One week ago we cast aside frustrations with Nintendo’s discontinuing the Nintendo Classic Mini: NES and cheered as they announced a new console this autumn, the SNES Classic Mini. As the original SNES was my introduction to gaming, with its rounded controllers and brightly coloured buttons, I was very happy to learn of its return. Nintendo released the SNES in 1992 so I’m sure I won’t be the only one looking to it for some nostalgic gaming.
We’ve already been treated to the Nintendo Classic Mini: NES and, despite a controller that tethers you to the screen, it has been a hit. From the range of retro games to the miniaturised style of the console itself, the Nintendo Classic Mini: NES is a console that brings joy to the retro gamer. But there’s definitely something Nintendo should learn from its premier classic mini console. There is, of course the consistent Nintendo problem of not issuing enough stock.
Give the people what they want, Nintendo!
But once you get your hands on a Nintendo Classic Mini: NES, the major pullback is the short controller lead. I know the console is mini, but the cable doesn’t need to be. I imagine a large bulk of the people who will buy and play the SNES Classic Mini are those who loved it the first time around. My legs are much longer now than they were then, so it would be nice to not have to squish them in the same distance from the screen. Rumour has it, the controller cables will be 5ft long. So let’s keep our fingers crossed, instead of our legs, that that’s true.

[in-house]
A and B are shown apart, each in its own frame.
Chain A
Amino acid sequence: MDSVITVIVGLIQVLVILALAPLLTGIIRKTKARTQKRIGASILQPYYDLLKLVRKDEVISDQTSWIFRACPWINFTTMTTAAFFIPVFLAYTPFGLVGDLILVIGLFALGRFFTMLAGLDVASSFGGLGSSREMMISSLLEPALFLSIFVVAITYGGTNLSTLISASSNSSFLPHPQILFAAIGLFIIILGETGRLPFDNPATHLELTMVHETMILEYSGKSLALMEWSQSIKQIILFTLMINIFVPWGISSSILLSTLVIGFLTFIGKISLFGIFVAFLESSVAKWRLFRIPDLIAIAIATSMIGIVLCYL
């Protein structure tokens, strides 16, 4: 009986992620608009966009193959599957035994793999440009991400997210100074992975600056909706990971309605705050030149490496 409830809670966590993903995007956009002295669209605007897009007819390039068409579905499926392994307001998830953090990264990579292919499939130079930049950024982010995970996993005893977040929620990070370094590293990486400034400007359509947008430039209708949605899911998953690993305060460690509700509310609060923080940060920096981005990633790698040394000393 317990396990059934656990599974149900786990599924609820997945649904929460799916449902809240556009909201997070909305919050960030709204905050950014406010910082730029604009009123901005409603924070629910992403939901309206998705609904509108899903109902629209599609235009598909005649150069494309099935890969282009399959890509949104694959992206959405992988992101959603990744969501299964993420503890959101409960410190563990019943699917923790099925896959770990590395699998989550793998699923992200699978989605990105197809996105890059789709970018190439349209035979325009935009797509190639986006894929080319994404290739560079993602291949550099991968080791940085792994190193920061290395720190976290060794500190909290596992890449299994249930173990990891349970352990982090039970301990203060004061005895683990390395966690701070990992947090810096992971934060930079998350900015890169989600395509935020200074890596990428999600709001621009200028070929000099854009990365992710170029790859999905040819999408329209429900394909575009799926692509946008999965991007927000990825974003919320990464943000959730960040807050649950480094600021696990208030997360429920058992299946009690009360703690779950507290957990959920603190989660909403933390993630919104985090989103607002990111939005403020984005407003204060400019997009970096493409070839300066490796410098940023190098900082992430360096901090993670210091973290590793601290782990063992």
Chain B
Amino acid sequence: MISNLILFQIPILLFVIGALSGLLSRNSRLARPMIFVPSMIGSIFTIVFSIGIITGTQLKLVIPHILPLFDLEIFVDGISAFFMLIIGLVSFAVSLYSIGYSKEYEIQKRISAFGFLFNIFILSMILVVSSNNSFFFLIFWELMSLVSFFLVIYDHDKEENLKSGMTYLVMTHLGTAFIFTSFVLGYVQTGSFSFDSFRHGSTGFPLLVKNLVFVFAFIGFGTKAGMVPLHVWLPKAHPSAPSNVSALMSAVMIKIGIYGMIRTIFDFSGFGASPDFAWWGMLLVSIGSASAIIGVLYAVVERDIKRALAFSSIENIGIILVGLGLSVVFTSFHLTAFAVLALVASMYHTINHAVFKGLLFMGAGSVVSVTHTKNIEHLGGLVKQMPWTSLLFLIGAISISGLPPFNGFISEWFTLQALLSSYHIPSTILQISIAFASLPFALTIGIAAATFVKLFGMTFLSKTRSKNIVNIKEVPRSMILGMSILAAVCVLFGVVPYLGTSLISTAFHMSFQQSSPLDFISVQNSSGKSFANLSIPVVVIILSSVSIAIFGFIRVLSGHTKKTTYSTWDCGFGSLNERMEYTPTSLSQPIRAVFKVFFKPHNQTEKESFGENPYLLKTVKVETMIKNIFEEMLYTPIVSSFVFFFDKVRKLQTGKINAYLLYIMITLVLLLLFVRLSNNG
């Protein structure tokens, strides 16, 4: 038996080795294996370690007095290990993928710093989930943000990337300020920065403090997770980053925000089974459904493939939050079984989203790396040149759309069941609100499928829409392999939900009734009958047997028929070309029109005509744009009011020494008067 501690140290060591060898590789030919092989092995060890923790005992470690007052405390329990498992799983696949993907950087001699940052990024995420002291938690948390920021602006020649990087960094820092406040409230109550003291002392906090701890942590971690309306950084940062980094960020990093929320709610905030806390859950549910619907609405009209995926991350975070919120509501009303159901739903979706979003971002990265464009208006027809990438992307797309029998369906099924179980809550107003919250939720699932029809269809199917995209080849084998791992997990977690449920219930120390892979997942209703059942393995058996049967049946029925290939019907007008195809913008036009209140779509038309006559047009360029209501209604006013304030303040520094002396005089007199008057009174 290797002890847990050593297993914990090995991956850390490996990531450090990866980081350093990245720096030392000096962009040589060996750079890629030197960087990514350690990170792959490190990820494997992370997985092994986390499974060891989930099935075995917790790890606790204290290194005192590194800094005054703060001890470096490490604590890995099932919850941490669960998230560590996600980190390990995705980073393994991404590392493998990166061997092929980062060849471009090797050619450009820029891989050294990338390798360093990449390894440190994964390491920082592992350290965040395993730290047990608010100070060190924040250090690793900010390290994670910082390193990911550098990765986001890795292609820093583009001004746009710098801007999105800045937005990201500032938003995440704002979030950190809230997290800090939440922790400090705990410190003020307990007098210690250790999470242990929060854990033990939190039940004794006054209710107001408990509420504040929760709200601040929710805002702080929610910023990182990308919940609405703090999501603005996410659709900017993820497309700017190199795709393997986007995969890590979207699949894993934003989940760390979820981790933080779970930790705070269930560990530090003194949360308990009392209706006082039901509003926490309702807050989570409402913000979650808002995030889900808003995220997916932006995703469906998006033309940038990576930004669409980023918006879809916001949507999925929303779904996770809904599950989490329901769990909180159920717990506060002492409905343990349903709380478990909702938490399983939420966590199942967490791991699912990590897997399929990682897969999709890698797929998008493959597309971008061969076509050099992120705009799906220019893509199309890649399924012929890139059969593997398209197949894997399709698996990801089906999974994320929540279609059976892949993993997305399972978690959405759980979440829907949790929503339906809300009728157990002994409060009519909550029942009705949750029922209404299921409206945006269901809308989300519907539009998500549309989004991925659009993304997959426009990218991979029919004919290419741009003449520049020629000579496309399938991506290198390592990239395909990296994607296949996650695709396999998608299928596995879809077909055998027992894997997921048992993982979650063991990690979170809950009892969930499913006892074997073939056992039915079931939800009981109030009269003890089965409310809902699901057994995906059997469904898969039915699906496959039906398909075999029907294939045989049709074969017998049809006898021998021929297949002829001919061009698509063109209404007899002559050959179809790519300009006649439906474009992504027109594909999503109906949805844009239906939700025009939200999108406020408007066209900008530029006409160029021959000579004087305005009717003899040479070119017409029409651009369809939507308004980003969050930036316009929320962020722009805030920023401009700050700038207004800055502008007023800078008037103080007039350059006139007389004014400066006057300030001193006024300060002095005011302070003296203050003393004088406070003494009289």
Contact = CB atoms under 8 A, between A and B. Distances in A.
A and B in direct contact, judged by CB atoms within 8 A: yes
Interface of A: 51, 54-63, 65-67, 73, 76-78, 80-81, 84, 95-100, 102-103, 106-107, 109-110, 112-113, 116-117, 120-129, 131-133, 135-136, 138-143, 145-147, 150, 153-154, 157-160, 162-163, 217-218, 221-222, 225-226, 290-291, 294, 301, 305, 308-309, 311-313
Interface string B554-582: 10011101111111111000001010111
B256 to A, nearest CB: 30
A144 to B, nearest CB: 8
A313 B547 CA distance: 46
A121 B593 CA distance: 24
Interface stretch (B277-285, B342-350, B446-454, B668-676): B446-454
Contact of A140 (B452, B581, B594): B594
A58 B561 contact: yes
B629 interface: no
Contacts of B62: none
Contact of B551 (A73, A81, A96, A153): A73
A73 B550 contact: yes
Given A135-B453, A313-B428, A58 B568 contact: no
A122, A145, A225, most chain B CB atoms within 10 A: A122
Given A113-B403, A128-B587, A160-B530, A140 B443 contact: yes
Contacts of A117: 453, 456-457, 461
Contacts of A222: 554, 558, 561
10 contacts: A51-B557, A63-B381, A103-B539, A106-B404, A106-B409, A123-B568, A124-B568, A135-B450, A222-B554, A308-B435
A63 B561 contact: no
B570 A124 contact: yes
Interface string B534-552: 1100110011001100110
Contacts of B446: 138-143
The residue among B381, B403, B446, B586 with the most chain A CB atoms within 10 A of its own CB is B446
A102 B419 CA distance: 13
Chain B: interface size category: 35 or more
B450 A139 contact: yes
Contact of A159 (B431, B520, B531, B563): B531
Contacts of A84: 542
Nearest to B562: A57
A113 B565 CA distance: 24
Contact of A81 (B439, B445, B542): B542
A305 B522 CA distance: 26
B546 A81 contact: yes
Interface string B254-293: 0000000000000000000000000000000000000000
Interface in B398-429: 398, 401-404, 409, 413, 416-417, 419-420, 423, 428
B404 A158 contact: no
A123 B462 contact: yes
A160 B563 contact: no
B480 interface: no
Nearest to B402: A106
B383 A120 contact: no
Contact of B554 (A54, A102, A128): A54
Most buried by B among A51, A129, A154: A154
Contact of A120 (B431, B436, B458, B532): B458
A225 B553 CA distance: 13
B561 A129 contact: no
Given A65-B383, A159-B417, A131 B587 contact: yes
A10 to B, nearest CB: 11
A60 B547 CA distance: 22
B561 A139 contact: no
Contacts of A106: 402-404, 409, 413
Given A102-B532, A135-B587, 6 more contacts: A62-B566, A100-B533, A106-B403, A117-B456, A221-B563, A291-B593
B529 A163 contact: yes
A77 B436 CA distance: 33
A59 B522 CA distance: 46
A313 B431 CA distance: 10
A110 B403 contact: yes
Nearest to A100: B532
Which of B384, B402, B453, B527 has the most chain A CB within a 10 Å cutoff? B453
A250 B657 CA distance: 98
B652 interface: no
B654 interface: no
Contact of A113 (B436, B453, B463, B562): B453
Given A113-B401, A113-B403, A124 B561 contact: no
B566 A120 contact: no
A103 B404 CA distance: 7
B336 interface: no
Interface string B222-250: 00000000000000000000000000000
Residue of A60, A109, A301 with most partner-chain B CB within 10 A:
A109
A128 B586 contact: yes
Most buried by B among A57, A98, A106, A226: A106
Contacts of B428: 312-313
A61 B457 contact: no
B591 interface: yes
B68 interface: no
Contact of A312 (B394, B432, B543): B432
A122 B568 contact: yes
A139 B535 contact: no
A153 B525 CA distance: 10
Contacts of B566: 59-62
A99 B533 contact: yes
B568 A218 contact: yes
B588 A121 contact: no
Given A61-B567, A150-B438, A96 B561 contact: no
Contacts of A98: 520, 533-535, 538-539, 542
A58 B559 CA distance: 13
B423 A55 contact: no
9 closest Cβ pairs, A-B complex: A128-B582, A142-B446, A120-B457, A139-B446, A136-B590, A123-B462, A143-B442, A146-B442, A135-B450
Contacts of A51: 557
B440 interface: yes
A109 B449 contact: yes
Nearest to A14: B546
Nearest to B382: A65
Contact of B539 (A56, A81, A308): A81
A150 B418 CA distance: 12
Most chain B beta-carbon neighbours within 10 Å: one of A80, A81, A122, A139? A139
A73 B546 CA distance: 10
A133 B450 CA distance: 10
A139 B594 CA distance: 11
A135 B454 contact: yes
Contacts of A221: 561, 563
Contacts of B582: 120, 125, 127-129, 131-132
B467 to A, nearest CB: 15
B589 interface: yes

On the plus side the SNES Classic Mini will come with two controllers. That’s one more than its NES counterpart. Be ready to face old rivals on classic battlegrounds. Amongst the 21 games that’ll be on the SNES Classic Mini are old favourites such as Super Mario Kart, Street Fighter II Turbo: Hyper Fighting and Donkey Kong Country. There will also be the previously unreleased Star Fox 2. So not only will players be jumping back in time, there will also be something new for them to experience. Nintendo aren’t just handing that over on a plate, however. To play Star Fox 2 on the SNES Classic Mini you’ll first have to play the first level of the original Star Fox. Think of it as practice.
The SNES Classic Mini will be available on 29th September and costs £69.99 (including two controllers). You’d best pre-order one when you can, if it’s anything like the Nintendo Classic Mini: NES the SNES will become gold dust pretty quickly.